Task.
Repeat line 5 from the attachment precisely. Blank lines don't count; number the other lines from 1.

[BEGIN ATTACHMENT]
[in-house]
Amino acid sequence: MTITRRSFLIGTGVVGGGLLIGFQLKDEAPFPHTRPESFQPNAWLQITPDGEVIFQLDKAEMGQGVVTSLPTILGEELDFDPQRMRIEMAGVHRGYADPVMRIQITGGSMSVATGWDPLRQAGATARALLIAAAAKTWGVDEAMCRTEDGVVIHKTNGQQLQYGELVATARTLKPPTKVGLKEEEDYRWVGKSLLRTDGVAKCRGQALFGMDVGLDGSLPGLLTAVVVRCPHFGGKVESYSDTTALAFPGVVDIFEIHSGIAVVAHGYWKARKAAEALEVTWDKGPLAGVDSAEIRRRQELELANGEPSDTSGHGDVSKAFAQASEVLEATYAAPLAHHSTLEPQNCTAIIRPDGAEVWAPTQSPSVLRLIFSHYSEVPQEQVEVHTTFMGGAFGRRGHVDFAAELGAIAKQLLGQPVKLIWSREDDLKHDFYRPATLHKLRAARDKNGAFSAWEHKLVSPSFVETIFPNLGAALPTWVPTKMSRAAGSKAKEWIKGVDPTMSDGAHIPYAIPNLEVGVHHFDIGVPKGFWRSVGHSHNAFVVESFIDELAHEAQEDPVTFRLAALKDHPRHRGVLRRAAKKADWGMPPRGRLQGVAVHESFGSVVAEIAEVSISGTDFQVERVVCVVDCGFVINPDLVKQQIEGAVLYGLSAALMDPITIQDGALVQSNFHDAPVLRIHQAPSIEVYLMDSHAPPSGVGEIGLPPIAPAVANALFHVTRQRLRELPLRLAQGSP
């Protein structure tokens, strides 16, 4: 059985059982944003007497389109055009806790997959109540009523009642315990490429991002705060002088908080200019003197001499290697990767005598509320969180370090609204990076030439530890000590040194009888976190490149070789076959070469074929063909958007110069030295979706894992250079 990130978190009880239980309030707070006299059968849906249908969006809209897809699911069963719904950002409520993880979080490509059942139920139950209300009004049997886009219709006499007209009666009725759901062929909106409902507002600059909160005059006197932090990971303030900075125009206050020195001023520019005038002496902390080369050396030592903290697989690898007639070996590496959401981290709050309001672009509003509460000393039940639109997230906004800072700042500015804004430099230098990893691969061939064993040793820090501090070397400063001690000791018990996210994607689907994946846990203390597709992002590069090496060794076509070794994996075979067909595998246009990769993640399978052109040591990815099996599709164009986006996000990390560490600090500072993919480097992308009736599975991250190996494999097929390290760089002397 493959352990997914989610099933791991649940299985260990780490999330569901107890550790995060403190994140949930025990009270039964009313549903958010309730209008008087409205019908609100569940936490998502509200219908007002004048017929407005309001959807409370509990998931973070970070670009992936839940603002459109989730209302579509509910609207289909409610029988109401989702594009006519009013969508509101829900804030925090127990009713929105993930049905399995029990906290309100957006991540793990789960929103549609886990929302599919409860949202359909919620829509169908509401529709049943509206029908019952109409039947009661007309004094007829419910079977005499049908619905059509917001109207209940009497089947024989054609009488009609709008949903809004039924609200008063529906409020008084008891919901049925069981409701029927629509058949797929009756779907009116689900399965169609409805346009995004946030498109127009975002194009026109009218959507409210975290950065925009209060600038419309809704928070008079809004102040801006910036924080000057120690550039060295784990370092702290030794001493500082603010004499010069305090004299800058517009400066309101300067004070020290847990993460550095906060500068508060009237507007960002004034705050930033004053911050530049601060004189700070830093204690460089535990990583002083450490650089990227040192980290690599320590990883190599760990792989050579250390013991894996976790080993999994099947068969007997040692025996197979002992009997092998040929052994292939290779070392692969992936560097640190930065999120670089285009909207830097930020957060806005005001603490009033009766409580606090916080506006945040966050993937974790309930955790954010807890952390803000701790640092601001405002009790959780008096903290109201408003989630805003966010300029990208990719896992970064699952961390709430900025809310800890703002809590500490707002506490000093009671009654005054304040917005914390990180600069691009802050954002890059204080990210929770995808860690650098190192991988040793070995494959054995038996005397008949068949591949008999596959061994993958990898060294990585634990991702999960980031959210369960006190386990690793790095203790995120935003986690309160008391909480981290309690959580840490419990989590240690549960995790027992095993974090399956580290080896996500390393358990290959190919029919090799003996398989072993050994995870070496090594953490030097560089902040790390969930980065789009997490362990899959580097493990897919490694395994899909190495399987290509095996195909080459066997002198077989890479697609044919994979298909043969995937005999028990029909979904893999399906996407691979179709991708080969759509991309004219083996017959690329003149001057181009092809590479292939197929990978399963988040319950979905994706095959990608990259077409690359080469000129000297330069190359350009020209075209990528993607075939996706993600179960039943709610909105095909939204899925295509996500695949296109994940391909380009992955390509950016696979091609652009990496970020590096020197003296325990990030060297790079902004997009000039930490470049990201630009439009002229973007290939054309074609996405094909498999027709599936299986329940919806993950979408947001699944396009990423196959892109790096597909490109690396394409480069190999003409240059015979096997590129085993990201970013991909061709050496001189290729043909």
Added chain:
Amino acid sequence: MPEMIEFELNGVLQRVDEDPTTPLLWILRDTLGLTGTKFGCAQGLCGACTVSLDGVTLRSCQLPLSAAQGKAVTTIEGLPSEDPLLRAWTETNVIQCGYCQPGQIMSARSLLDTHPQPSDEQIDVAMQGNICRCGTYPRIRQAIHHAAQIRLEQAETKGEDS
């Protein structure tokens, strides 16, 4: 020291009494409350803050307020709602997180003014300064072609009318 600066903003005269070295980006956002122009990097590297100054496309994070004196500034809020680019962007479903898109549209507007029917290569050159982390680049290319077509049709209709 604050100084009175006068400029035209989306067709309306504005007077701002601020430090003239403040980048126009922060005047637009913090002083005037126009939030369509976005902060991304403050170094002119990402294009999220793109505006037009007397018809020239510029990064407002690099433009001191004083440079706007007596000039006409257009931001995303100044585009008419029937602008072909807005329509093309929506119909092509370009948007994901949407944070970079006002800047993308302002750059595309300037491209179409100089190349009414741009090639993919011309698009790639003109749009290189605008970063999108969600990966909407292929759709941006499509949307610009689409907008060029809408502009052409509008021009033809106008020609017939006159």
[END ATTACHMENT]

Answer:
Amino acid sequence: MPEMIEFELNGVLQRVDEDPTTPLLWILRDTLGLTGTKFGCAQGLCGACTVSLDGVTLRSCQLPLSAAQGKAVTTIEGLPSEDPLLRAWTETNVIQCGYCQPGQIMSARSLLDTHPQPSDEQIDVAMQGNICRCGTYPRIRQAIHHAAQIRLEQAETKGEDS